‘Blue Fescue’ (short) and ‘Karl Foerster Grass’ (tall) are popular cool-season grasses in northern landscapes. 

Step 2: Get the Timing Right

Close-up of Miscanthus grass in a winter snow-covered garden. The tall, slender stems stand as golden-brown, structural elements in the landscape. The feathery plumes have faded, creating a delicate, ethereal quality. The remaining foliage, often a mix of tan and silver, forms a textured and graceful silhouette.
Delay pruning until late winter or spring for benefits like insulation, wildlife habitat, and plant rejuvenation.

Some growers don’t prefer the look of tall, floppy grasses in their winter garden, so they cut them down in the fall after flowering. In northern zones, perennial grasses go dormant during the coldest part of winter, leaving dried seed heads and fallen leaves.

However, don’t underestimate their ability to beautify a space in cold regions. The shorter, spiky varieties look interesting and add a funky flair to a garden even after a light snowfall. 

Here are some benefits of waiting to prune until spring:

  • In colder growing zones, the drooped grass insulates the vulnerable crown of the plant.
  • Seed heads serve as a food source for a wide range of wildlife in the dead of winter when it’s crucial and hard to come by.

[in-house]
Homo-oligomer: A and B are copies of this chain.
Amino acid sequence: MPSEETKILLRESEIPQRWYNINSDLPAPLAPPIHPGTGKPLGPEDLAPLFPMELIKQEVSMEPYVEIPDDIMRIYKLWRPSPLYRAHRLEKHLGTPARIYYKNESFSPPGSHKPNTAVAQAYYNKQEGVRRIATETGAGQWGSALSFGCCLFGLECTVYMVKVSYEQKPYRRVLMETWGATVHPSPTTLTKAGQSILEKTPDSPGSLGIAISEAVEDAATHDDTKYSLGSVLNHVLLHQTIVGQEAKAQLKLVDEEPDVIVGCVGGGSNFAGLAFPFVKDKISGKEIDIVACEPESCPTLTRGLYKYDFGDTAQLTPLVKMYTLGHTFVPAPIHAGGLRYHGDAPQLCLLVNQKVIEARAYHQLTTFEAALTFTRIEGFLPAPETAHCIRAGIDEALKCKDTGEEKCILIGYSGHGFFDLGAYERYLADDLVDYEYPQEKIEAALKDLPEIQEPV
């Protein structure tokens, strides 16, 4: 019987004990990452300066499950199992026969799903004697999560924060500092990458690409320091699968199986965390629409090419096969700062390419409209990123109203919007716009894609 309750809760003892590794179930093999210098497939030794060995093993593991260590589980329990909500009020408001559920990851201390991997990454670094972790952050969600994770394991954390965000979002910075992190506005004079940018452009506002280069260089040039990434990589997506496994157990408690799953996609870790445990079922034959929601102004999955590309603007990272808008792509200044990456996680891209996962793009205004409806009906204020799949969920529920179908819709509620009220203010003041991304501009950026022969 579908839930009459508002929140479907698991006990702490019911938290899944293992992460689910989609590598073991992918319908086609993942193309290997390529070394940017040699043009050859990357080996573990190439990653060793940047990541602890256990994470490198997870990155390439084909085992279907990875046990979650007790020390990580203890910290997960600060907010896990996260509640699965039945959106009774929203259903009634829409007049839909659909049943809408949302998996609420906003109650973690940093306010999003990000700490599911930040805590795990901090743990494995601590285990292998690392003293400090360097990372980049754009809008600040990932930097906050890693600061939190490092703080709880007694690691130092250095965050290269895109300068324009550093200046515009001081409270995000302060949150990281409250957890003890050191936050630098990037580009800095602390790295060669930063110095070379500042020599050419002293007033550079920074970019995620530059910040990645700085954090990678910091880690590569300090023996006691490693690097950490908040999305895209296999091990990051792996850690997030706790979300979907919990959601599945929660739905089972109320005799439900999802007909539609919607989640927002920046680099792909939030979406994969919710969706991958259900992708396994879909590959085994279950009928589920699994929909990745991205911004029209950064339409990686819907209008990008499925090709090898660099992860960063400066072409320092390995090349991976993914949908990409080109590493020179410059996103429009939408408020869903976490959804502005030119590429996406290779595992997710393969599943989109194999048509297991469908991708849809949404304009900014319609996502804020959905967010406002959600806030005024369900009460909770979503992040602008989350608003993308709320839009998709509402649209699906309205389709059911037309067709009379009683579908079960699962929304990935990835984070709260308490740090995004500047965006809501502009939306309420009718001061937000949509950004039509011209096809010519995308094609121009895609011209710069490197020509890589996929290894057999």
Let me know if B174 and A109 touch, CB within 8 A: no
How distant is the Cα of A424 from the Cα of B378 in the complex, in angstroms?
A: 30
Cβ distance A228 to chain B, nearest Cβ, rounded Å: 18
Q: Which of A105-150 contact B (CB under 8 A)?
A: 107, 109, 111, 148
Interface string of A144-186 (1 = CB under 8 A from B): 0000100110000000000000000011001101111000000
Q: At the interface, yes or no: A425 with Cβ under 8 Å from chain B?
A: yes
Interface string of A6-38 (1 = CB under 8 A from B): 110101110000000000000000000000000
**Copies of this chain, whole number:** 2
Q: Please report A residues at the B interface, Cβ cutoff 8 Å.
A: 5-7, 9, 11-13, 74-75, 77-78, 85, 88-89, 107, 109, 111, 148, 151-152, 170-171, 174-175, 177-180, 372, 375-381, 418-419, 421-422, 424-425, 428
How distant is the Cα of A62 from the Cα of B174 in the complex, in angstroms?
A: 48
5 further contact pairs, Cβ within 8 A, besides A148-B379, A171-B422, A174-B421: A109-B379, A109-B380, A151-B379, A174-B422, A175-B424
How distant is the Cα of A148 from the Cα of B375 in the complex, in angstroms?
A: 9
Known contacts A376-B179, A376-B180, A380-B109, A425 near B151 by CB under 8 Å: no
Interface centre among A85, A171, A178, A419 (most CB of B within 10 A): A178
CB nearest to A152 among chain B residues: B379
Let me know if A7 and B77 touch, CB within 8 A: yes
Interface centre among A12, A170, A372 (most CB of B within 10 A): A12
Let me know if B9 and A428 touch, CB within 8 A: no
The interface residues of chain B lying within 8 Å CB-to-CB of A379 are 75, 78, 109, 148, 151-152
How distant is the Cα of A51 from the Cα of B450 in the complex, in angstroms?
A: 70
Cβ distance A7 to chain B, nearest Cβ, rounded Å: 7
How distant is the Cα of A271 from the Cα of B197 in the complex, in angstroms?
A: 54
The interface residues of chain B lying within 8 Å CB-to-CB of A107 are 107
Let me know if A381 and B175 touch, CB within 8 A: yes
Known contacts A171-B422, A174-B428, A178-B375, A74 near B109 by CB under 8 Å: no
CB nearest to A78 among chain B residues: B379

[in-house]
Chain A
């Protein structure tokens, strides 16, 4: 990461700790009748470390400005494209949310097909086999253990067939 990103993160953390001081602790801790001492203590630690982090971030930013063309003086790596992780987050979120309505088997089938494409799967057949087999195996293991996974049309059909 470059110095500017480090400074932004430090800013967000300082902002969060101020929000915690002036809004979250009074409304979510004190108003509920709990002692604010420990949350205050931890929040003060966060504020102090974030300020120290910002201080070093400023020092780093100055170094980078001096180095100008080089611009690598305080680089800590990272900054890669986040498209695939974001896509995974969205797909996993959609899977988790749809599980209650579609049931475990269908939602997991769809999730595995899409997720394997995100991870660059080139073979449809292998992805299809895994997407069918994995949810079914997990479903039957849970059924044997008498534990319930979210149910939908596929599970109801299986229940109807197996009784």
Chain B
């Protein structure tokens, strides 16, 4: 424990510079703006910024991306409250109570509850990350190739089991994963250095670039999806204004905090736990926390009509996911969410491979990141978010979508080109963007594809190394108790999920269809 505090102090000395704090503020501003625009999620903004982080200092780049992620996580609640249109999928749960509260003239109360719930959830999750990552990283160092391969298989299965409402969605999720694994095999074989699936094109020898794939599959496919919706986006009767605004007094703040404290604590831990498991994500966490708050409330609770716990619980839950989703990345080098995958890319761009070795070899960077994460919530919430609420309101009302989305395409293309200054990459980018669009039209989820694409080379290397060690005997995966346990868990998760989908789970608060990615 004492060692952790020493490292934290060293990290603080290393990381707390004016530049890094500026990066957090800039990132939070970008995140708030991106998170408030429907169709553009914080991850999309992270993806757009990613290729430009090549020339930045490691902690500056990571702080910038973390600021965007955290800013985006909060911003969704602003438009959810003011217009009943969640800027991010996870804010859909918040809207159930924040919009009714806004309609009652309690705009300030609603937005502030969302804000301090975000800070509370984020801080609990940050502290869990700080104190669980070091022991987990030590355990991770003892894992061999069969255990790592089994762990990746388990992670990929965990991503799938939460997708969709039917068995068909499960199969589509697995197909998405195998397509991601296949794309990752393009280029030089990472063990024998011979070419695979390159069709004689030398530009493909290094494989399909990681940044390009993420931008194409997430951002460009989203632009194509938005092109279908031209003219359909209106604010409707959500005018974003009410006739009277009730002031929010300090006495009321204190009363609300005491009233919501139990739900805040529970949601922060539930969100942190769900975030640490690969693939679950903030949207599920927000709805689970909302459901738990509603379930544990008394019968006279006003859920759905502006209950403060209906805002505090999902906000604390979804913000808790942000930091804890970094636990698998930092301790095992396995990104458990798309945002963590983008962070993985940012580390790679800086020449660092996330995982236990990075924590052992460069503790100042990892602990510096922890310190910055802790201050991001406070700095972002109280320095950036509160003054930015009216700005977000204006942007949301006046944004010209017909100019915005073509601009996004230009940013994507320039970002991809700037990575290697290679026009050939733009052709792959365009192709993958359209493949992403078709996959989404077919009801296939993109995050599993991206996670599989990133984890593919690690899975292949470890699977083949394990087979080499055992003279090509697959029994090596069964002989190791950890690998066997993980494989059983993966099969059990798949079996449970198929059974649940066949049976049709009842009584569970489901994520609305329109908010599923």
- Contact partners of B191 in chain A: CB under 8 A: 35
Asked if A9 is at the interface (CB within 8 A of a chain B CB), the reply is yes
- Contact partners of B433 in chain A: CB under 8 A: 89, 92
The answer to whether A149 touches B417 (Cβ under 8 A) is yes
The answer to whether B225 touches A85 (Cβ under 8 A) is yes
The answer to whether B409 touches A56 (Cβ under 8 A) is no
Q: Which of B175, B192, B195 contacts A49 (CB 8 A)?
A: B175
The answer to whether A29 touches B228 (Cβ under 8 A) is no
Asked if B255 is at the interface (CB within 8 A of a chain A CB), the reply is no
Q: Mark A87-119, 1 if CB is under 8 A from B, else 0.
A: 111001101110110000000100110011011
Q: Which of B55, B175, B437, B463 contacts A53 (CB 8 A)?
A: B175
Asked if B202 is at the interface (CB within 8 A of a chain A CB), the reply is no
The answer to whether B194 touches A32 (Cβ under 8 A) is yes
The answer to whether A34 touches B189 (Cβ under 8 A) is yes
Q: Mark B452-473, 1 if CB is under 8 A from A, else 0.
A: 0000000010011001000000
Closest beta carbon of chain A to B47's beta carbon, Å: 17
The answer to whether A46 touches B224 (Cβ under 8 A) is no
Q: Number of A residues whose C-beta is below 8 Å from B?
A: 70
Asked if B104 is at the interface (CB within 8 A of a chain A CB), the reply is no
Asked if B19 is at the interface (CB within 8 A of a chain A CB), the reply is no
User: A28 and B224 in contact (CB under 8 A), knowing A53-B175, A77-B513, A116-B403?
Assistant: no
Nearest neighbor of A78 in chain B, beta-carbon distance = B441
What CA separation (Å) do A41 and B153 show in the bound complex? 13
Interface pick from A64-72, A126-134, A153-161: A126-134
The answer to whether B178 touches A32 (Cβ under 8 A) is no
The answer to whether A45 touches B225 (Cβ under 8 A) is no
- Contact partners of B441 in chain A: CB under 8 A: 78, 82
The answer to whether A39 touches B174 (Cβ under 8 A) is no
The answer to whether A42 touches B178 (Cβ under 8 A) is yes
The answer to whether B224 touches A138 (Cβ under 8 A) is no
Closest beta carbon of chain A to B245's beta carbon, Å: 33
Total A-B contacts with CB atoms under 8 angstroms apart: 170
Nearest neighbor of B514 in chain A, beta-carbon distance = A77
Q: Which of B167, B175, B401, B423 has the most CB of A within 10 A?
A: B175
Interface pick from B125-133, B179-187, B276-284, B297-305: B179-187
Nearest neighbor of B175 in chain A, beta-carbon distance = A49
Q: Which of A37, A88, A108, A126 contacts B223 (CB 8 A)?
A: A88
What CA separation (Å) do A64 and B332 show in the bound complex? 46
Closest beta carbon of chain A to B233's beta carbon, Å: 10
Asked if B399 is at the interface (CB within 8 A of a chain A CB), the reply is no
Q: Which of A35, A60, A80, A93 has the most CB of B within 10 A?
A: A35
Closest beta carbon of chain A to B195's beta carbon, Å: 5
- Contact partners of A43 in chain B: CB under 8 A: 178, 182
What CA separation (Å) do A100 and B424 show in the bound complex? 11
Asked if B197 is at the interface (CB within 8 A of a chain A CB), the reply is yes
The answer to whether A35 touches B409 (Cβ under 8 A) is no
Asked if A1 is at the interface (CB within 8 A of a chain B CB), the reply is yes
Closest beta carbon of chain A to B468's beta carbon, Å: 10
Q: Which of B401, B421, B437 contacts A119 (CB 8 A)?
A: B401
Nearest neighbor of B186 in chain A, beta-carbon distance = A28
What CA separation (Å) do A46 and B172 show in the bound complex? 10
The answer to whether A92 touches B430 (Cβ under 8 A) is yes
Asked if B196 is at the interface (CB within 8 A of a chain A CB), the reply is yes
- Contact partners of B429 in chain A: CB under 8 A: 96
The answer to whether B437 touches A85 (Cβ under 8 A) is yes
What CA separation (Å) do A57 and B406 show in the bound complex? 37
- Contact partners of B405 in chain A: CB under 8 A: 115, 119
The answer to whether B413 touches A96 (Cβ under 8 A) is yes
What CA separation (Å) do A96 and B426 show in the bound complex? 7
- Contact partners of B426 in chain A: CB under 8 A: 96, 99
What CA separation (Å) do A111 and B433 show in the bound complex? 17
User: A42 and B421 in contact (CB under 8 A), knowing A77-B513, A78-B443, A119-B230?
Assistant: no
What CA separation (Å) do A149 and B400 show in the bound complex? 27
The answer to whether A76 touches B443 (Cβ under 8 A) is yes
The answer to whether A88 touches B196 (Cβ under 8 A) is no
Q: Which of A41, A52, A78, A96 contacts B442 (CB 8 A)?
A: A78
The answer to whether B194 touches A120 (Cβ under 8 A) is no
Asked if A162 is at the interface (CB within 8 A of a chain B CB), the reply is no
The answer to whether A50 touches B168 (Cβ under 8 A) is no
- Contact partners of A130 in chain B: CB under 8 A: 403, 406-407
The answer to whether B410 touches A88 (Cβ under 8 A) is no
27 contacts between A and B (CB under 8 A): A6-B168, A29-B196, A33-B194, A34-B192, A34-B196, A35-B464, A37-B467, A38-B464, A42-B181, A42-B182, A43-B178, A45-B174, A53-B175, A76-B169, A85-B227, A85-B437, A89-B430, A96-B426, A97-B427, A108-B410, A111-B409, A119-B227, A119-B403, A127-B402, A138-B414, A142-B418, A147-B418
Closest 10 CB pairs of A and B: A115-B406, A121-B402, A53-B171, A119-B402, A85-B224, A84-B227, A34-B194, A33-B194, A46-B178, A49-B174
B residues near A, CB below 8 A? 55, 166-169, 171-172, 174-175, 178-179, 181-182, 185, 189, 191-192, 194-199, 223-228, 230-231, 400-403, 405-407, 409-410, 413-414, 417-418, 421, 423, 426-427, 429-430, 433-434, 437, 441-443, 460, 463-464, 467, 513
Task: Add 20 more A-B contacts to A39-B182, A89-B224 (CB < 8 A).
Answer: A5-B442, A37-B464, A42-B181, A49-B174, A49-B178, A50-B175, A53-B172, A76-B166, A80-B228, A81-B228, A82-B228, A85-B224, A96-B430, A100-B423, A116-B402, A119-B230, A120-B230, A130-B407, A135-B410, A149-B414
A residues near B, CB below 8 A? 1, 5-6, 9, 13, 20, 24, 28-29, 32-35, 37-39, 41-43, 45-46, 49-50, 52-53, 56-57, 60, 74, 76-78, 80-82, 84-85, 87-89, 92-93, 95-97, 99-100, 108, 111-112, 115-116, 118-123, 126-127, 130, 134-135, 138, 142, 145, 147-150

• Deer and small critters may use tall grasses as a resting, hiding, or bedding area.
  • If you prune too early in fall, and experience a sudden spike in temperatures, plants may be triggered to send up new growth that is wasted energy when heading into winter.
  • Heavy pruning in late spring freshens up your plant, ridding it of any damage that harsh winter weather or extreme summer heat caused and encourages new growth.

Wait until late winter or early spring to prune unless you live in a particularly dry and windy area where dead leaves and branches are a fire hazard. Dried leaves and brush burn extremely easily and can be dangerous if left in the garden. 

Based on the type of grass, follow the recommended timing for pruning:

Most evergreen ornamental sedges don’t require pruning because they mature at a short height and remain short, although trimming away occasional dead or brown leaves will keep them looking tidy. This can be done at any time of year. Cut back no more than a third of the plant.

Prune warm-season grasses in late fall or mid-late spring. The right cold-hardy grasses provide your garden with seasonal interest and can be left as-is until spring.